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Social and Emotional Health of Children Birth to Age 8 Fact Sheet

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Social and Emotional Health of Children Birth to Age 8 Fact Sheet

  1. 1. What is Social and Emotional Health? Social and emotional health is a child’s growing ability to, • Form strong relationships with others • Express and manage emotions • Explore the world around them and problem-solve Why is Social and Emotional Health so Important? Social and emotional skills are as important as ABC’s and 1, 2, 3’s. Babies need relationships with loving adults to learn these skills. Loving relationships also help babies brains to grow and develop. When children have this healthy foundation, they are more likely to: • make friends • follow directions • control emotions • solve problems • focus on tasks Children who do not have these social and emotional skills are less prepared to learn in school. They are more likely to: • have trouble making friends • have behavior problems like biting, hitting, using unkind words or bullying • have difficulty learning • drop out of school Early social and emotional problems have been linked to later mental and physical problems like depression, and obesity. How Can You Support Children’s Social and Emotional Health? Children need help from adults to learn how to get along with others and manage their feelings. Many of the things adults do with children every day can help a child to gain social and emotional skills, such as, • cuddling, sharing a laugh and playing with an infant or toddler • taking time to listen, engage and talk with a preschooler about their day • showing interest in a school age child’s friends, activities and projects Safe and loving relationships with parents and caregivers are crucial to social and emotional health for all children birth to age 8. Social and Emotional Health of Children Birth to Age 8 Fact Sheet Signs of Social Emotional Health Infants and Toddlers age 0-3: • Cry, coo, smile and laugh • Look at faces • Accept comfort from a familiar person • Seek comfort • Show curiosity • Express many feelings Preschoolers age 3-5: • Begin to show feelings for others • Try new things • Play well with others • Play make-believe • Listen to gentle reminders • Accept changes in routine Early Elementary ages 5-8: • Show respect and kindness towards others • Develop and keep friendships • Begin to work independently • Enjoy challenges • Focus attention to solve problems and complete tasks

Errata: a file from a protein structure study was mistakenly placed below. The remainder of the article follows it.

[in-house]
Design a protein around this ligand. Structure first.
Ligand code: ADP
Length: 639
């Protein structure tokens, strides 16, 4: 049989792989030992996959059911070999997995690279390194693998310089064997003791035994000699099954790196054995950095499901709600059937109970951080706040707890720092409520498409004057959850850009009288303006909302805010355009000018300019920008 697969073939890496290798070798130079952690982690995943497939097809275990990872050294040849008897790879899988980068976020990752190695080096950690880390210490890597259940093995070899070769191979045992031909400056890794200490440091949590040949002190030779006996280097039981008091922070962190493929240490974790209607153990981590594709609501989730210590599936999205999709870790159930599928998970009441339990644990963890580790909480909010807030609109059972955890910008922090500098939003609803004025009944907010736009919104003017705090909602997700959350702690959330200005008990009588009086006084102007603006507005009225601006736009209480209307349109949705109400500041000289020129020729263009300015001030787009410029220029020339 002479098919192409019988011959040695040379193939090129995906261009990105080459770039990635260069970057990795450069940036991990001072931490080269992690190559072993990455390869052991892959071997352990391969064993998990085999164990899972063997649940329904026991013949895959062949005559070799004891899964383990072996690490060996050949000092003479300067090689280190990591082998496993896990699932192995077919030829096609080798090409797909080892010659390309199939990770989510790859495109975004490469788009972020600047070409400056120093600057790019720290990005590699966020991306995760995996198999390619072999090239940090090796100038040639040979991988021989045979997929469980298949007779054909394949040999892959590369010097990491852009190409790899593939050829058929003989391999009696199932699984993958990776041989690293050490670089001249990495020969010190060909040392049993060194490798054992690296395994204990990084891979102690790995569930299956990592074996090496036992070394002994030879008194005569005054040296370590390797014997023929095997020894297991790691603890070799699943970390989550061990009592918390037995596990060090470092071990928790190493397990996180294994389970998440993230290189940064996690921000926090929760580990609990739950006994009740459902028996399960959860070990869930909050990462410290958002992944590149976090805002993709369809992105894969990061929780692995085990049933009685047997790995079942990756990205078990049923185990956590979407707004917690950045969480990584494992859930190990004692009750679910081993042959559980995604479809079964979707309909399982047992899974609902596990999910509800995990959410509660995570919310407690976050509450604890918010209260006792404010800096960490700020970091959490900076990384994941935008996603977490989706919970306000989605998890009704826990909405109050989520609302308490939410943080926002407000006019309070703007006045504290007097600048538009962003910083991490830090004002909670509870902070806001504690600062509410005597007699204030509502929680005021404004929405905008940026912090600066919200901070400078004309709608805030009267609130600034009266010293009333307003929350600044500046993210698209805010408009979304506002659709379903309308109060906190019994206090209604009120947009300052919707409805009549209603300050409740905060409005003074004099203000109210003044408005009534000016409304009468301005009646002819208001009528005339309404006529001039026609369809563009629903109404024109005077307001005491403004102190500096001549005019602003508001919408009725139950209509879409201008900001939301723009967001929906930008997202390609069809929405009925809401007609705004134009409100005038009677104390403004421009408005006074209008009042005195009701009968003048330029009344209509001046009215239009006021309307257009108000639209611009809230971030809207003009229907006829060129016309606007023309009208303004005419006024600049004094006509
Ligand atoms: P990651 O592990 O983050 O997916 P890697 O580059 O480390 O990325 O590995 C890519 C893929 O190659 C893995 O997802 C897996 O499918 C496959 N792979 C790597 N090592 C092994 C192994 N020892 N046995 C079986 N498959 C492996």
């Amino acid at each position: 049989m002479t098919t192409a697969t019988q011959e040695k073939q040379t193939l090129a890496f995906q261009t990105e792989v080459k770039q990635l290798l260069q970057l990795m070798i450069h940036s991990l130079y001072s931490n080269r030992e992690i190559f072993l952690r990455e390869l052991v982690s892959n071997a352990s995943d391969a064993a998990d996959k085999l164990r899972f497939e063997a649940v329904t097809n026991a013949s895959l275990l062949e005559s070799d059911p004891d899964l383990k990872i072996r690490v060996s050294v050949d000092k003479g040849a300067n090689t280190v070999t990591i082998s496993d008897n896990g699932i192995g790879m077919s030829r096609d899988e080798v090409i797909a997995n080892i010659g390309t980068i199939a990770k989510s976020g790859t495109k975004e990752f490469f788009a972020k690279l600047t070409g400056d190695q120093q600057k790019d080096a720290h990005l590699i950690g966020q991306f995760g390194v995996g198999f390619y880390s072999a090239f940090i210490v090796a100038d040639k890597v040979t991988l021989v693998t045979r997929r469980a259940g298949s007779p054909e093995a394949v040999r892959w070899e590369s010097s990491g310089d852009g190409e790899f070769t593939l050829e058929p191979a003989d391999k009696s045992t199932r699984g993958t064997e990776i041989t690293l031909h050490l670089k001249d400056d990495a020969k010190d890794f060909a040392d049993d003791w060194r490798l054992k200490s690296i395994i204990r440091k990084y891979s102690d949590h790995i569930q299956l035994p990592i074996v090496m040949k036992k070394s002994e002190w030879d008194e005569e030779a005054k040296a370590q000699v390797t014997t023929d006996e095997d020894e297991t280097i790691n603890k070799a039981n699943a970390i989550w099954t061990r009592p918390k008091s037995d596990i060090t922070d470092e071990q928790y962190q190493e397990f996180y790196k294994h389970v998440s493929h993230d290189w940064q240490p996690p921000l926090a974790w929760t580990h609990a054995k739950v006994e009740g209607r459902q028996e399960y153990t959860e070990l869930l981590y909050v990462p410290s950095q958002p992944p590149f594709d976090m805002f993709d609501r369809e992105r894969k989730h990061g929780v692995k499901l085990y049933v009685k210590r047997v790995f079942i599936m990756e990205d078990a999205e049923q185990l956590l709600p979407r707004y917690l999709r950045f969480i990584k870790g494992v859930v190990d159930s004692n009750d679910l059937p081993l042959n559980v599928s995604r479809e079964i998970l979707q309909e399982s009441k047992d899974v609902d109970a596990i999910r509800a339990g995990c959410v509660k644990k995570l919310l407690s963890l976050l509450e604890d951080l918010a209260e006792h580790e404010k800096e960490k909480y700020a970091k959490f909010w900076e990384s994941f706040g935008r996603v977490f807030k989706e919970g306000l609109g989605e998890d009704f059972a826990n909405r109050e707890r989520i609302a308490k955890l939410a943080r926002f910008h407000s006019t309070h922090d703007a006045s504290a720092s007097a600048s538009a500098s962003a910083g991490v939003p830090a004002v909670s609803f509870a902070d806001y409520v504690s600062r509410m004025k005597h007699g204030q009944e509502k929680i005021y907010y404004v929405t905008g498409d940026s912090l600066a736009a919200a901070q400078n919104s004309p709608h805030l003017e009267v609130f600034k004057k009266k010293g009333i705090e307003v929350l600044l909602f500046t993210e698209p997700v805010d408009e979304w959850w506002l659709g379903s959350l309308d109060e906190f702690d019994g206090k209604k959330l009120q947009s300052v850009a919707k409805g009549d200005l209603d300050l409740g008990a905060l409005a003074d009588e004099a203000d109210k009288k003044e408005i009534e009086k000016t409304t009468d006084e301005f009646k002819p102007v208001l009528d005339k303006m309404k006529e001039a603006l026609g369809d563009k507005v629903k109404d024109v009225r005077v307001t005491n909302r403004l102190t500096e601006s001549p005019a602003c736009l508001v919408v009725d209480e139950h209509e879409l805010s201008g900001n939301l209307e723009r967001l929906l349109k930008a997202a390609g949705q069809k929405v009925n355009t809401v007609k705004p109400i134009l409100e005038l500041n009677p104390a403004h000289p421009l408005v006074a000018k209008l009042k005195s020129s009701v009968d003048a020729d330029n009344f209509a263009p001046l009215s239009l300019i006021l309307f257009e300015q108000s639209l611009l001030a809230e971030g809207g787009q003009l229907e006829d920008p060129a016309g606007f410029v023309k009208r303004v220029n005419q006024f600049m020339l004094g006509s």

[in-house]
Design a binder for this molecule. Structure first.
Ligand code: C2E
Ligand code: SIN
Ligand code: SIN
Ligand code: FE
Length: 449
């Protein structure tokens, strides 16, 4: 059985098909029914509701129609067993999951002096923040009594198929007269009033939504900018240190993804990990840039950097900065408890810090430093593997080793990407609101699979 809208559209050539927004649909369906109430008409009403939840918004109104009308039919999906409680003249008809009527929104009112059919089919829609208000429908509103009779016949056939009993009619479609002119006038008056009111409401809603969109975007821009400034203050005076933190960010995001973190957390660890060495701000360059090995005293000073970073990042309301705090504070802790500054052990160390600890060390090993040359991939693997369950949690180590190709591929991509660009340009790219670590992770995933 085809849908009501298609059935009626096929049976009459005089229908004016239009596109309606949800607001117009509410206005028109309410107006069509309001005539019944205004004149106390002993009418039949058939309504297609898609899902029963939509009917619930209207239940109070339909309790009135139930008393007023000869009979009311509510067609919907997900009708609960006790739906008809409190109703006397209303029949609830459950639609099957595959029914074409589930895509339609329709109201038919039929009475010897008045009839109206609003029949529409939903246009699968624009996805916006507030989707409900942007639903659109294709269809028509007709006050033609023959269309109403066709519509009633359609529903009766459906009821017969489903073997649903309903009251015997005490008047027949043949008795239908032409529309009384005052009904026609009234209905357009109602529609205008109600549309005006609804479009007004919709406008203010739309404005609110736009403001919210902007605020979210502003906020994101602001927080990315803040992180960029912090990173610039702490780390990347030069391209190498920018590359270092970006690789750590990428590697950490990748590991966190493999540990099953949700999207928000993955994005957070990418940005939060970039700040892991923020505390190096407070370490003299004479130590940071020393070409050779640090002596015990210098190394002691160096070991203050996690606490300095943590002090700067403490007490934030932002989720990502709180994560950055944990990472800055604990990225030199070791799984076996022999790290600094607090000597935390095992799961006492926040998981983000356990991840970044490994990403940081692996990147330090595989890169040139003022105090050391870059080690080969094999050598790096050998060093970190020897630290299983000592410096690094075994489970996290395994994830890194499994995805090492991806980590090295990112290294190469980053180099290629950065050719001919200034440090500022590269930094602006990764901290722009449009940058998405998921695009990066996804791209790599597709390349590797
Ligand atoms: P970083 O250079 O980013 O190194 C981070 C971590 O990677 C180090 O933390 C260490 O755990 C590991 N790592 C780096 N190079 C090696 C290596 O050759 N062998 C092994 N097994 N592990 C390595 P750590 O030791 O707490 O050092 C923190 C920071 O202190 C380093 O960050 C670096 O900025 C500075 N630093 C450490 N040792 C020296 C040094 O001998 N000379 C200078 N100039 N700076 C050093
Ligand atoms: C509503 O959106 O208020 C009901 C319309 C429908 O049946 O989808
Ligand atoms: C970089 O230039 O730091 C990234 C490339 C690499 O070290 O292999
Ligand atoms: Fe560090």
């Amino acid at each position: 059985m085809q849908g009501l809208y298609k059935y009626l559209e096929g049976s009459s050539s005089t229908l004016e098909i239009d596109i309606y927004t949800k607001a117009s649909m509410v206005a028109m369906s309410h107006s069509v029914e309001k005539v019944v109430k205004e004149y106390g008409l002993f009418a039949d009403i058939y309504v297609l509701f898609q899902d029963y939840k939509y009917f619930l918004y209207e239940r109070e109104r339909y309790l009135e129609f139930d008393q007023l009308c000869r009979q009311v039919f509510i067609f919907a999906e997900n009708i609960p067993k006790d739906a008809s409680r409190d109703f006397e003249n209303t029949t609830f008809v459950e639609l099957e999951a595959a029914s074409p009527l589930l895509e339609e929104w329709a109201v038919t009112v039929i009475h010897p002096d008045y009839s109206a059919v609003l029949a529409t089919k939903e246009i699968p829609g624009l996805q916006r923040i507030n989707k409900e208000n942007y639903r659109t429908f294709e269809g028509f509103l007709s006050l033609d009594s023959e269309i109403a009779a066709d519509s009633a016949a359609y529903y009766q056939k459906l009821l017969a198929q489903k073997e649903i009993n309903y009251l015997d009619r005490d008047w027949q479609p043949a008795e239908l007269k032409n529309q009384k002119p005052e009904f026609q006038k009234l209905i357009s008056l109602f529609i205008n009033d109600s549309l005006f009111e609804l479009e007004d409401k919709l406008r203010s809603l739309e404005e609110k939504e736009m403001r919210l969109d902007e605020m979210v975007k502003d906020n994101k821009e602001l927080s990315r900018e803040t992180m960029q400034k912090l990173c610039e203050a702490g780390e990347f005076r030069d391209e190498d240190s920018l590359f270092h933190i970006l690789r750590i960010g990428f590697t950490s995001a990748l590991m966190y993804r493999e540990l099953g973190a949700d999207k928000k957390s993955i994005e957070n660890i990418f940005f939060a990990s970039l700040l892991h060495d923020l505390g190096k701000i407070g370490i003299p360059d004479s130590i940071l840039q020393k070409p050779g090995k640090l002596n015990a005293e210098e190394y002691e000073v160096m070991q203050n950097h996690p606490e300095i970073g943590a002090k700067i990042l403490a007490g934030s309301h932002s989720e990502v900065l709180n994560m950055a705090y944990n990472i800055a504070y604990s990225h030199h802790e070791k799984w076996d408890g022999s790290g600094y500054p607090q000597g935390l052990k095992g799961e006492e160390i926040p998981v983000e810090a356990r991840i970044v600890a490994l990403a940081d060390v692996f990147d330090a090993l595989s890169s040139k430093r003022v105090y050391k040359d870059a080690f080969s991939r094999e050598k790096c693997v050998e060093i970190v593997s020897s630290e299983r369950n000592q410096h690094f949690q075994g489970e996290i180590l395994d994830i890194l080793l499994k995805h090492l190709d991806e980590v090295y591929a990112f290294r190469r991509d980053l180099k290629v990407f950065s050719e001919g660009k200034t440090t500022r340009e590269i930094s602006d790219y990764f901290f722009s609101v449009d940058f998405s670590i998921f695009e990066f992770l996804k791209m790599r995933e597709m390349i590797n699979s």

2. 2. Why Should we Fund Services to Support Children’s Social and Emotional Health? The future starts now. We all benefit when children get a good start in life. It means later we will have a talented workforce, stronger economy and a healthier society. The nurturing relationships that support social and emotional health in early life shape the architecture of a baby’s brain and build the foundation for lifelong learning, good health, and success in the workforce. We all pay the price when young children do not get a healthy start. Those that experience trauma or other adverse experiences, increases the likelihood of physical and mental health problems. Research shows that young children with mental health problems ultimately have lower educational achievement, and greater involvement in the criminal justice and child welfare systems. For Michigan, this means a less educated and prepared workforce, and greater public costs. Our state policies should support families with young children – beginning at birth – so they have good social and emotional health and positive early learning experiences. What are Some Important Policy Recommendations? Michigan must ensure that young children, and their parents and caretakers, have access to needed mental health services, beginning with the following priorities: 1. Screen early. Increase the use of standardized tools to screen for social and emotional problems in young children wherever they learn and grow. Ensure these screenings link children to services early to offset negative lifelong consequences. 2. Increase provider payment. Create policies that ensure all children can get screenings by creating easy and fair reimbursement strategies for primary care doctors. 3. Promote social and emotional health, reducing stigma. Social and emotional health is part of every child’s growth and is just as important as learning to walk and talk. Social and emotional health should be part of every early childhood program’s vision and agenda. 4. Provide prevention services that work. Provide evidence-based services to support social and emotional health to families and non-parental caregivers to ensure that the mental health needs of young children in childcare, preschool and other early learning settings are identified and addressed. In Michigan, we believe social-emotional health matters! To learn more about what you can do to build social emotional health, access the Michigan Social and Emotional Toolkit online at www.michigan.gov/socialemotionalhealth. Brought to you buy the Michigan Great Start Systems Team, including the Michigan Department of Community Health, Michigan Department of Education, Michigan Department of Human Services, the Early Childhood Investment Corporation, and Project LAUNCH.

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